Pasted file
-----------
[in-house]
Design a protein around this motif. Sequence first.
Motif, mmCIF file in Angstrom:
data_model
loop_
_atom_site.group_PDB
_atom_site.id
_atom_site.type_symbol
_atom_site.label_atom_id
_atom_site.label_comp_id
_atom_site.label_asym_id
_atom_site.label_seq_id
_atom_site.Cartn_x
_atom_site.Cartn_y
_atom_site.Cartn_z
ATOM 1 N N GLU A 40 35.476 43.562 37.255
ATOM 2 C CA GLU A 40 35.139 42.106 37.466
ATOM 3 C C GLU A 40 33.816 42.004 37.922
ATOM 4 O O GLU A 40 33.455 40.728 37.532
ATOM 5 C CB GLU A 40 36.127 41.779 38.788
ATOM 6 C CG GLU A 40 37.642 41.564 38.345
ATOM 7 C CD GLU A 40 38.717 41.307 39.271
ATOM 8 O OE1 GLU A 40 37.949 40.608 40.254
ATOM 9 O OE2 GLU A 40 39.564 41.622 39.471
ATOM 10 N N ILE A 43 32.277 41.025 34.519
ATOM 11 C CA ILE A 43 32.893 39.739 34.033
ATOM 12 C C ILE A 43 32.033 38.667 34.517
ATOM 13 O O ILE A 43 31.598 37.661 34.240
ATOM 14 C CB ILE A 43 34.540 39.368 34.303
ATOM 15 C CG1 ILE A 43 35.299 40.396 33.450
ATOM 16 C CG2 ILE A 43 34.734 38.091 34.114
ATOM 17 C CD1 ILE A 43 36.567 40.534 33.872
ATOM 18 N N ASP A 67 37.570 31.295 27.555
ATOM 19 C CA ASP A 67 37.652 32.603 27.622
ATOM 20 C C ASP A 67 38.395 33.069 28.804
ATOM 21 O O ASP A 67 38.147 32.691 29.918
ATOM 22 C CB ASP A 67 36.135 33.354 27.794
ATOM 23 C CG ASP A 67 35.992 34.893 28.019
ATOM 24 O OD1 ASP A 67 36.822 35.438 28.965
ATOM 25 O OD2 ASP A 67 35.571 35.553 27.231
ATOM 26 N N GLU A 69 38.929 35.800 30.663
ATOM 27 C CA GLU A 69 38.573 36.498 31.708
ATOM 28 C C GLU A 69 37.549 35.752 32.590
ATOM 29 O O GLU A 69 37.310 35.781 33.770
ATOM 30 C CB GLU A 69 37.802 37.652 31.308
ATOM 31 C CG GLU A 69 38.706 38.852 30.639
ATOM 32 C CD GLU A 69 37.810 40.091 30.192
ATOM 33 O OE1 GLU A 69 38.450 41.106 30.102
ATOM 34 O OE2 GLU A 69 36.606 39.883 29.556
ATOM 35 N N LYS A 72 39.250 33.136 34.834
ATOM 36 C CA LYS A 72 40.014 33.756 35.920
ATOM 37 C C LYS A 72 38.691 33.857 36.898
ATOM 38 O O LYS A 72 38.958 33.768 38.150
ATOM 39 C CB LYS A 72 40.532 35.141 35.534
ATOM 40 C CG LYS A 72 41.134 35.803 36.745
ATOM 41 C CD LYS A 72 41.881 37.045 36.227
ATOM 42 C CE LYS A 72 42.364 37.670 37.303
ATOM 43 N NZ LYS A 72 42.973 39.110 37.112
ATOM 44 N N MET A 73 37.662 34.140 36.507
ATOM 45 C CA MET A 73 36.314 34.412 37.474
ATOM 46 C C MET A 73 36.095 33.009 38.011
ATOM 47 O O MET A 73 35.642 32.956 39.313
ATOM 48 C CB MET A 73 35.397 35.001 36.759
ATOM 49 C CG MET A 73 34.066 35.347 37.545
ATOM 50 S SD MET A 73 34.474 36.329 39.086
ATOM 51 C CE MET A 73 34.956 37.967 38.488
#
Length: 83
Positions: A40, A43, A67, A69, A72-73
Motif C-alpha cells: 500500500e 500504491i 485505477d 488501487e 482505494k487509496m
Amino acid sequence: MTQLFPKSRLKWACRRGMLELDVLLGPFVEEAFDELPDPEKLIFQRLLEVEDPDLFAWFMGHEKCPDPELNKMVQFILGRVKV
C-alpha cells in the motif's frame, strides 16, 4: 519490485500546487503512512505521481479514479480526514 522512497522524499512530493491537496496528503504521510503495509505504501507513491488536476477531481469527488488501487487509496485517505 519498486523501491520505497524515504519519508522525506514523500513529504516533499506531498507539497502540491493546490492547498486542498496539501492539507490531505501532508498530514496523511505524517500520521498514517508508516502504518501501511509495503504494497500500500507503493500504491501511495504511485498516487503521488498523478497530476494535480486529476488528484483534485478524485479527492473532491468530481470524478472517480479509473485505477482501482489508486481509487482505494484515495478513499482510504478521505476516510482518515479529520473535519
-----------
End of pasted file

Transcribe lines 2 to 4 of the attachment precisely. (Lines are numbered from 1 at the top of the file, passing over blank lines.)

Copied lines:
Design a protein around this motif. Sequence first.
Motif, mmCIF file in Angstrom:
data_model